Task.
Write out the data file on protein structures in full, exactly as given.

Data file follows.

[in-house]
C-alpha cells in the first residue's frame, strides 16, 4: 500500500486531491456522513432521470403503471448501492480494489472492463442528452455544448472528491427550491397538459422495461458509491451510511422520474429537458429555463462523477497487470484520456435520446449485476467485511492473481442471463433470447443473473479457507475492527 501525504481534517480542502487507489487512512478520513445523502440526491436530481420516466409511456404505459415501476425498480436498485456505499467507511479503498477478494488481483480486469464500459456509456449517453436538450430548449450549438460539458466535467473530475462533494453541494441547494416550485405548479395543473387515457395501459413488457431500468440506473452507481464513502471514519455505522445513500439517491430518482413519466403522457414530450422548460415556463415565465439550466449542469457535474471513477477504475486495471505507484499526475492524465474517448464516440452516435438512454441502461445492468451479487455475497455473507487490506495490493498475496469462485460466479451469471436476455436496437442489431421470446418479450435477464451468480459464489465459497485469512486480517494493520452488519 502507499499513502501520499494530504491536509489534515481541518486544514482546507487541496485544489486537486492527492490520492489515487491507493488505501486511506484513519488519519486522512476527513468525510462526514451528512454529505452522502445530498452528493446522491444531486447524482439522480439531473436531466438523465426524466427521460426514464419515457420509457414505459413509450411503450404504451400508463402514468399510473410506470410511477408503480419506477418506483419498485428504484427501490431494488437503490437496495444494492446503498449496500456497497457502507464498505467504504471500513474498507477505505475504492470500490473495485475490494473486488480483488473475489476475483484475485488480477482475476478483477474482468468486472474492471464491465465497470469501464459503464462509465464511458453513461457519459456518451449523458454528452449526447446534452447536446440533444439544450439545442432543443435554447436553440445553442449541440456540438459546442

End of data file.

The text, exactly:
[in-house]
C-alpha cells in the first residue's frame, strides 16, 4: 500500500486531491456522513432521470403503471448501492480494489472492463442528452455544448472528491427550491397538459422495461458509491451510511422520474429537458429555463462523477497487470484520456435520446449485476467485511492473481442471463433470447443473473479457507475492527 501525504481534517480542502487507489487512512478520513445523502440526491436530481420516466409511456404505459415501476425498480436498485456505499467507511479503498477478494488481483480486469464500459456509456449517453436538450430548449450549438460539458466535467473530475462533494453541494441547494416550485405548479395543473387515457395501459413488457431500468440506473452507481464513502471514519455505522445513500439517491430518482413519466403522457414530450422548460415556463415565465439550466449542469457535474471513477477504475486495471505507484499526475492524465474517448464516440452516435438512454441502461445492468451479487455475497455473507487490506495490493498475496469462485460466479451469471436476455436496437442489431421470446418479450435477464451468480459464489465459497485469512486480517494493520452488519 502507499499513502501520499494530504491536509489534515481541518486544514482546507487541496485544489486537486492527492490520492489515487491507493488505501486511506484513519488519519486522512476527513468525510462526514451528512454529505452522502445530498452528493446522491444531486447524482439522480439531473436531466438523465426524466427521460426514464419515457420509457414505459413509450411503450404504451400508463402514468399510473410506470410511477408503480419506477418506483419498485428504484427501490431494488437503490437496495444494492446503498449496500456497497457502507464498505467504504471500513474498507477505505475504492470500490473495485475490494473486488480483488473475489476475483484475485488480477482475476478483477474482468468486472474492471464491465465497470469501464459503464462509465464511458453513461457519459456518451449523458454528452449526447446534452447536446440533444439544450439545442432543443435554447436553440445553442449541440456540438459546442